The older I get, the more I realize that I don’t have patience for things that are false. If something is not honest and true, long lasting, and real I don’t want it around me. My husband helped me to learn the difference of seeming real and being real when it comes to relationships. He taught me to build healthy boundaries to keep my heart, mind, and time protected from unnecessary pain.

When we say we will do something, be somewhere, pray for a person, stop a bad habit, or start a good one; our words speak a promise, but our actions speak of our sincerity. If I promise one thing, but my actions do something else- am I be authentic? Am I being trustworthy? Not if there is contradiction in my life.

Jesus spoke some amazing promises to us during His life and ministry. He promised to never leave us or forsake us (Hebrews 13:5). He promised to be with us always, even to the ends of the age (Matthew 28:20). He will rescue us when we call out to Him (Matthew 14:28-33). His death was one death- once- for all of us (John 19:30). The best part is, that not only did He say these things, He actually followed through with them. He is with us, He rescues us, His death covered all of our sins.

What does authenticity look like to you? Is it brutal honesty? Is it hard lines and absolutes? Is that the kind of authentic life you really want to live? When we look at Jesus, the authenticity He had was honesty, but it was tempered with grace. He told the woman caught in adultery (John 8) that He would not condemn her, but she was to, “Go and sin no more.”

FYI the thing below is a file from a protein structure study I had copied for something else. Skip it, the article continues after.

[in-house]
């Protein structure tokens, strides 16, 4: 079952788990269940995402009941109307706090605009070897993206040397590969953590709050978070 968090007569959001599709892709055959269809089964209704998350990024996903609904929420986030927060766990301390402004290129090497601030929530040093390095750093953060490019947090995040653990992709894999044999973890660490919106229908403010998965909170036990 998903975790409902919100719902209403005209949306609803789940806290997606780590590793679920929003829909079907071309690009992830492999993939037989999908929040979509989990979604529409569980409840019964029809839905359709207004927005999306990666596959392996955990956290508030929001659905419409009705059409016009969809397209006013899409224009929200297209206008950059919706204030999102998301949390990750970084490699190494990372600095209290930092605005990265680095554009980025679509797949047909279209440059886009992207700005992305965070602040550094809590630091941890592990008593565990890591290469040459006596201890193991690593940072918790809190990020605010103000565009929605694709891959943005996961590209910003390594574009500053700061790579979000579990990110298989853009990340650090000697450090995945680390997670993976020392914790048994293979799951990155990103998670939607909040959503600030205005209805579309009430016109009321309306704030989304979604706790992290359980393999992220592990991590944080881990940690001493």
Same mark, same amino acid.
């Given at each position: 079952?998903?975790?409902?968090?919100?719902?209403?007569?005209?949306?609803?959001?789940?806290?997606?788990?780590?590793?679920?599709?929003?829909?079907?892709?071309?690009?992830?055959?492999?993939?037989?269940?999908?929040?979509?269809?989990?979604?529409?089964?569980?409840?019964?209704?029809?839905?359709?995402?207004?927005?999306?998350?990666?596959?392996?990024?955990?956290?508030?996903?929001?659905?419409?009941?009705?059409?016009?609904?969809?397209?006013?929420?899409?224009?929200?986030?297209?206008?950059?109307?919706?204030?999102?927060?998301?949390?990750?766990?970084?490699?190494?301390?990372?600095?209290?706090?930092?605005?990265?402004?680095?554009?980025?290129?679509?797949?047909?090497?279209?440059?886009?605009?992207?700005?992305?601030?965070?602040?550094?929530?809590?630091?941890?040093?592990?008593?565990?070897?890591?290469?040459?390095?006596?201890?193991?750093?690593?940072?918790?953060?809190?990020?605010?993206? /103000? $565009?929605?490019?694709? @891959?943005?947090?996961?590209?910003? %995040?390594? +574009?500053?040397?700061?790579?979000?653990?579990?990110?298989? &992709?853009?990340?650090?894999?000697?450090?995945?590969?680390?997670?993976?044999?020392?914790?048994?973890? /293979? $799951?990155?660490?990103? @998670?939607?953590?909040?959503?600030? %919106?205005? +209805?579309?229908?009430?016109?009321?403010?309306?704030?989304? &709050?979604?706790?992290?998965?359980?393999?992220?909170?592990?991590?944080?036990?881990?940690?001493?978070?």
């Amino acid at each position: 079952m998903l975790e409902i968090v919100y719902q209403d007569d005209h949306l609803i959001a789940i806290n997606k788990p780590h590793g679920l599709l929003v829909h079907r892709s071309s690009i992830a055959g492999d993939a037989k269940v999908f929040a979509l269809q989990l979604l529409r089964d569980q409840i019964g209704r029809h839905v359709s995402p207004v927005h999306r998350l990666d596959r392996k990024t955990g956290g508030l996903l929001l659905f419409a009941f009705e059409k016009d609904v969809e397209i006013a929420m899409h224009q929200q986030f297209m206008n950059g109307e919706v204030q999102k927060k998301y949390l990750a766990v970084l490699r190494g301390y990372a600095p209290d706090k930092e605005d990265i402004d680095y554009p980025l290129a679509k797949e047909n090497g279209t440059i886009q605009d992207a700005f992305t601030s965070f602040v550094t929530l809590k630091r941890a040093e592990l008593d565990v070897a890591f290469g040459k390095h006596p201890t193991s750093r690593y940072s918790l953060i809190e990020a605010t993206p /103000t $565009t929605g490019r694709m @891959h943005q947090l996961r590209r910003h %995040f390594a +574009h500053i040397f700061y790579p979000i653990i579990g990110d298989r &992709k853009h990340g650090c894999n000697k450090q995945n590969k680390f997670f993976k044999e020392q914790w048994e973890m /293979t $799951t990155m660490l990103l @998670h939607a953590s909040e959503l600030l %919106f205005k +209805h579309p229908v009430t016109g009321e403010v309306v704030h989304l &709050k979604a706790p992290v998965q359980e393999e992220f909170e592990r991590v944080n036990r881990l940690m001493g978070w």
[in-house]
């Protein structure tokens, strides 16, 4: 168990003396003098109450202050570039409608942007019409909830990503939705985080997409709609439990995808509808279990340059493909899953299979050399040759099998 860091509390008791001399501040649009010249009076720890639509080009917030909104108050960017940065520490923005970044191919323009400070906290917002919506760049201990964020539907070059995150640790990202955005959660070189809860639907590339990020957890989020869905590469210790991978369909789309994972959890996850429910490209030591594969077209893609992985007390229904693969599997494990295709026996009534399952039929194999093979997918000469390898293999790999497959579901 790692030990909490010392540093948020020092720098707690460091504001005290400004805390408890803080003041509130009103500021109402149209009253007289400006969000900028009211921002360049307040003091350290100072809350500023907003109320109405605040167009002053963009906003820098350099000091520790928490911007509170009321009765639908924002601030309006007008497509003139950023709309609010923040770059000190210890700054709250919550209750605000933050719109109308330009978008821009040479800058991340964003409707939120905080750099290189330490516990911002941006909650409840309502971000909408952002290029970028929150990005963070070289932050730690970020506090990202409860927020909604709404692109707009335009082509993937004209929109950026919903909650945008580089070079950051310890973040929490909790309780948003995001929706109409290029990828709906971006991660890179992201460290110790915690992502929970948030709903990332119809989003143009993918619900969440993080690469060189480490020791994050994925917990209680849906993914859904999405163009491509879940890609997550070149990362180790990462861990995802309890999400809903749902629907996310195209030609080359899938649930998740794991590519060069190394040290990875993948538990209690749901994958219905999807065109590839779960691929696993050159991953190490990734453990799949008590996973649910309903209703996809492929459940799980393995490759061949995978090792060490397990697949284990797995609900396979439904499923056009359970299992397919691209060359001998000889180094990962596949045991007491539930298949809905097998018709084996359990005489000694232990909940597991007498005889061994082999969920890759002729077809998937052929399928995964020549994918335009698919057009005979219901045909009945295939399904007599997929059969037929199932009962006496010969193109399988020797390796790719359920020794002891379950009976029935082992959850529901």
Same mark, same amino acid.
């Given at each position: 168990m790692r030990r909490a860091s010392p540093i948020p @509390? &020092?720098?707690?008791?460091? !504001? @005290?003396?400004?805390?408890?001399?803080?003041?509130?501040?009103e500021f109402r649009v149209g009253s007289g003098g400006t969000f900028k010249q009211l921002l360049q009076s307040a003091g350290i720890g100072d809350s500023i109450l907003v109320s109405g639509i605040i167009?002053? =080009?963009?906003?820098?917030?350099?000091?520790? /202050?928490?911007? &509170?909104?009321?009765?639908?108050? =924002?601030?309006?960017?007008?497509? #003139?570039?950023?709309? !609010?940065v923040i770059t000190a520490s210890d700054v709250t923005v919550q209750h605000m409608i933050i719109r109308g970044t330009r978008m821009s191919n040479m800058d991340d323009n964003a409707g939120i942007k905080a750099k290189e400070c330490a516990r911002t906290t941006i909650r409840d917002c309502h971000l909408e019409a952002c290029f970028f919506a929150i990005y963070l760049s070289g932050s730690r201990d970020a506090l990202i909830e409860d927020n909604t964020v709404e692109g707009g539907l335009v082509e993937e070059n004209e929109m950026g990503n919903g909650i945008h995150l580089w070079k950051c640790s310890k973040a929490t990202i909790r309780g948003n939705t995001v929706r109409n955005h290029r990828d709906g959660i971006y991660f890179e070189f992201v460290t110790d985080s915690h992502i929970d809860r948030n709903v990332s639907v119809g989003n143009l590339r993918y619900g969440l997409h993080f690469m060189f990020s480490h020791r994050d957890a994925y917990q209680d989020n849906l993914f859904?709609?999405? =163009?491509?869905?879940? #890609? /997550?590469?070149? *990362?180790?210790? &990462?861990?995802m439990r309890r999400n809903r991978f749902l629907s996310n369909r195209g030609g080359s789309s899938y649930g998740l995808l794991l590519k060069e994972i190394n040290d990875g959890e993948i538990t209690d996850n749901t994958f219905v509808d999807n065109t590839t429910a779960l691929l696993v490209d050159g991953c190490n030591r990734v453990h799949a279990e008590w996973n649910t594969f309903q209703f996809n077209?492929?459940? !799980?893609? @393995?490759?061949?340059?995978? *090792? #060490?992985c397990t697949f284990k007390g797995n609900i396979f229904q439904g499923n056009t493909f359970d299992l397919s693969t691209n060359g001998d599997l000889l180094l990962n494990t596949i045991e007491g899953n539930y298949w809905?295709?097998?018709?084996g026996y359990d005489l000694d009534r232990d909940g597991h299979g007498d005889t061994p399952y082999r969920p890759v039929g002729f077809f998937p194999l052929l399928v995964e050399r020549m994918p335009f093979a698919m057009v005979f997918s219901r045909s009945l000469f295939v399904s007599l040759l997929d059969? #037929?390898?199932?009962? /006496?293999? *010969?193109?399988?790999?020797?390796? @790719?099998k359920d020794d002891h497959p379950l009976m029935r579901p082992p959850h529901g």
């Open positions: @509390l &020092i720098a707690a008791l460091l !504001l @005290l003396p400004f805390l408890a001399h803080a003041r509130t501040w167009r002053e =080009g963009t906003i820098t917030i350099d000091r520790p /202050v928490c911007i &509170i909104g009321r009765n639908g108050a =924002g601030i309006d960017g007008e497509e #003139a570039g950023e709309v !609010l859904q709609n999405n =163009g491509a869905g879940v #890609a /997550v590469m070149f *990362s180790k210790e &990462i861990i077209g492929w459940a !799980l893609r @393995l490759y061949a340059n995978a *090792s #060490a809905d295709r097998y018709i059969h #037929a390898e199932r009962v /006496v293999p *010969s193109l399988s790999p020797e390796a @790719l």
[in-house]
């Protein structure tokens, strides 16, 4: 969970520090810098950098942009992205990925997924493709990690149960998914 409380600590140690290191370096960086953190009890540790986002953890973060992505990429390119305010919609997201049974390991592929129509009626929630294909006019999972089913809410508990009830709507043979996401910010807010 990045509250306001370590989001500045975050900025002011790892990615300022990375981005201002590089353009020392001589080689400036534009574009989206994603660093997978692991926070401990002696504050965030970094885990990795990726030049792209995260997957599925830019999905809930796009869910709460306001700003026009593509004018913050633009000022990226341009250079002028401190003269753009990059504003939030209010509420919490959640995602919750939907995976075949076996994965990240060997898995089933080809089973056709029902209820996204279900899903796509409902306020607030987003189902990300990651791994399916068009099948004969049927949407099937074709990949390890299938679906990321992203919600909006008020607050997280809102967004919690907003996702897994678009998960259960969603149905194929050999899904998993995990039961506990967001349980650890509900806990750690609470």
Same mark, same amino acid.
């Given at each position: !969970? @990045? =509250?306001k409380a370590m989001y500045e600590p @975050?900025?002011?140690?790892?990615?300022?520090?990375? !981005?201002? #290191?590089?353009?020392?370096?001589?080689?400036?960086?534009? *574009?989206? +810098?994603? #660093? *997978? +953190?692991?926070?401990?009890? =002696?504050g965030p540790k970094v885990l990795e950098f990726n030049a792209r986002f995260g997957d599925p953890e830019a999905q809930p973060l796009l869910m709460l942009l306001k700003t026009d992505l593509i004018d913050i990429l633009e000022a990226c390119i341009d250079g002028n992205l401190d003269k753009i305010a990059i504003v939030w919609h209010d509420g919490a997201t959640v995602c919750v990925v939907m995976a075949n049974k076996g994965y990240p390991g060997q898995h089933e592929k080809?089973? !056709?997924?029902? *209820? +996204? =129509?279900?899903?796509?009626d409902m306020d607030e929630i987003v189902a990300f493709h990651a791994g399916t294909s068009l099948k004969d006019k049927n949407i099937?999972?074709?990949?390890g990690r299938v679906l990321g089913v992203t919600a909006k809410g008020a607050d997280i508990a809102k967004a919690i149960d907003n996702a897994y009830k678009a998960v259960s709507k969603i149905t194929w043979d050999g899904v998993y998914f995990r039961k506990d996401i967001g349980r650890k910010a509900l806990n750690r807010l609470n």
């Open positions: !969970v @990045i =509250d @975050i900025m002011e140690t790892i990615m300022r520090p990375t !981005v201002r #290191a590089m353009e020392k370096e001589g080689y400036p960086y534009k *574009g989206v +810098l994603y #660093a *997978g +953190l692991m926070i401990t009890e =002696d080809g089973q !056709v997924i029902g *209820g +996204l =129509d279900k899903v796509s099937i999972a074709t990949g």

Authentic living is done best when each action and each word is steeped in Christ. His love, His purposes and plans, His truth, and His grace. Allowing Jesus into our hearts is great, but if He is not invited into our every day lives we are not living authentically as believers. Ray C. Stedman states, “Authentic Christianity is rooted in reality.”* We must realize to walk with Jesus means walking with Him in challenges, loss, struggles, battles, and releasing all of it to His hands. It’s recognizing the need to be honest with ourselves, that we cannot live this life on our own and claim to walk with Him.

Authenticity comes when confess our failings and cry out for the rescue. It comes when we wake the next day and ask Jesus to meet us where we are and help us past the difficult places. It’s honesty, but it’s also hope. Hope and faith turned into the very breath we breathe in each day.

Being authentic is being human-but only through the blood of Jesus. O Best Beloved, how are you doing? Are you wearing a mask, trying to show everyone that you are “just fine” when behind the scenes you are crying out for rescue? Are you trying to win entry into Heaven with your lists and service to others? Are you forgetting that we can only be authentic believers because the God we serve, the Jesus we follow, the Holy Spirit we listen to in life was authentic first?

If we want to be authentic, then let us be honest with ourselves, first. We need Jesus and we will not become the truest person God created us to be, until we allow Jesus inside to clean house. When our windows are cleaned and the piles of junk cluttering our hearts is swept away, then we will be able to truly walk with the God we claim to love. So let us go and be quiet, let us go sit in silence to allow the Holy Spirit to speak to us and correct us for the betterment of us all.

*Authentic Christianity: a fresh grip on life, Ray C Stedman (c) 1975




About gretchenr17

Wife, mother, daughter, sister, friend. Writer, farmer, fellow sojourner... at every turn I learn a bit more about God's wild mercies.
This entry was posted in growing pains, maturing in Christ and tagged , , , , , . Bookmark the permalink.

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